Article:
Top 100 Animated Films of All Time (#100-91)

[updated 5/2019]

Below are my personal favorite animated films. I do not claim that this list is comprehensive in any way, it is only comprised of the 100 best animated films I have seen in my lifetime. Though I have seen hundreds more, I decided to limit it to 100 because, well, it has a nice ring to it.

Also, I should note I only considered feature-length films that were fully (or very near fully) animated. By animated, I mean either hand-drawn, stop-motion, digitally rendered, or a mix of these techniques.

Films I excluded due to not meeting these conditions include: A Charlie Brown Christmas (1965), A Close Shave (1995), Dr. Seuss’s How the Grinch Stole Christmas (1966), A Grand Day Out (1989), James and the Giant Peach (1996), The Pagemaster (1994), Space Jam (1996), Who Framed Roger Rabbit? (1988), and The Wrong Trousers (1993).

Without further ado…

#100: A Goofy Movie (1995)

Disney delivers a surprisingly heartfelt film telling the endearing story of a single father trying to reconnect with his teenage son. What follows is a cross-country romp packed with memorable characters, wacky hijinks, as well as some unexpected, sincere moments.

#99: Anomalisa (2015)

Written and co-directed by Charlie Kaufman (Eternal Sunshine of the Spotless Mind, Being John Malkovich, Adaptation), this stop-motion film follows a man named Michael and his mental breakdown while on a business trip in Ohio. A dark exploration of regret, love, and escape from mundanity.

#98: A Scanner Darkly (2006)

Based on the Philip K. Dick novel of the same name, A Scanner Darkly‘s plot is as unique as its creation process. The entire film was shot using actors in real sets before being completely animated through the process of rotoscoping. The film’s director, Richard Linklater, first used this process on his film Waking Life in 2001.

#97: Fantastic Planet (1973)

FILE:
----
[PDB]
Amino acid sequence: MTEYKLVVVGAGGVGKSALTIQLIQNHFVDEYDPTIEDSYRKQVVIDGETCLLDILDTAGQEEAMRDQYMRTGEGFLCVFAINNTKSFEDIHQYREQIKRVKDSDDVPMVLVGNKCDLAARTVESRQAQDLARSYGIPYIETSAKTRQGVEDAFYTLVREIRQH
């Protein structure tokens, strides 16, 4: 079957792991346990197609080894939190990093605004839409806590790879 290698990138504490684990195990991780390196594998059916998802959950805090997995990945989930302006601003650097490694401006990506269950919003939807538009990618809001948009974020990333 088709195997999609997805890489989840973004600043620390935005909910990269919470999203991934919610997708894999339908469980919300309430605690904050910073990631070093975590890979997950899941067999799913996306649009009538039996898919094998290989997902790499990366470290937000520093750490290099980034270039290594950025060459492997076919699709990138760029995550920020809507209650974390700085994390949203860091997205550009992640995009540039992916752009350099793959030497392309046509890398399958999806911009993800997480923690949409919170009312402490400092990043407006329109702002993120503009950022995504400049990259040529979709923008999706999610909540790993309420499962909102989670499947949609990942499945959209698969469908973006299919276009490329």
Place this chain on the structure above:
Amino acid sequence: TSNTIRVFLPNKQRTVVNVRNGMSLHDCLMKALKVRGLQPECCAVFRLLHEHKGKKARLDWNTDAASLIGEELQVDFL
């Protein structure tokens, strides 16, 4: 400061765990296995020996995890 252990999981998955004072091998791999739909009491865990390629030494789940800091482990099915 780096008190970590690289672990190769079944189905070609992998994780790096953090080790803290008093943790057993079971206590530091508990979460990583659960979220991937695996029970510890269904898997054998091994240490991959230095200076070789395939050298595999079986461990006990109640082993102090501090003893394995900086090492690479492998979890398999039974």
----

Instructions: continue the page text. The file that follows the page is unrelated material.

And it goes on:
One of the few foreign films to make the list that do not originate from Japan, Fantastic Planet is a wildly original and bizarre hand-drawn film. While the story’s message may seem bland, its sheer weirdness is worth the watch alone.

#96: Watership Down (1978)

Adapted from the book of the same name, this film follows a tribe of rabbits forced to flee their warren when it is threatened by humans. Don’t let the cute rabbits fool you, this film is a dark, violent look at racism, exile and totalitarianism. You’ve been warned.

#95: The Rescuers (1977)

Shelved by Walt Disney for its political overtones, The Rescuers was given new life a decade later when the company moved its senior animators from the highly successful Robin Hood to finish the film. The result is a charming film with beautiful artwork.

#94: The Fox and the Hound (1981)

A tender tale of a relationship between two friends and the forces that influence both of their lives. The Fox and the Hound marks somewhat of a turning point for Disney’s animated films away from action and songs to a more mature, moralizing lesson on societal relationships.

#93: Hercules (1997)

Released during the “Disney Renaissance” of the mid-to-late 1990s, Hercules failed to live up to the success of its peers. Not that it is a failure by any means. Hercules showcases some of the finest animation and memorable characters the studio produces during this period.

#92: Wizards (1977)

Following the successes his previous “underground” animated films, Ralph Bakshi, delves into the genre of sci-fi/fantasy. Though certainly less adult than his previous films, Wizards packs no less impact, touching on terrorism, war, propaganda and fascism.

#91: The Secret of Kells (2009)

Another excellent animated film from France. The Secret of Kells is a wonderful coming-of-age tale set against the beautiful backdrop of Ireland. This film stands out for its gorgeous art style that remains a unique change of pace from films made before and since.

Continue to #90-81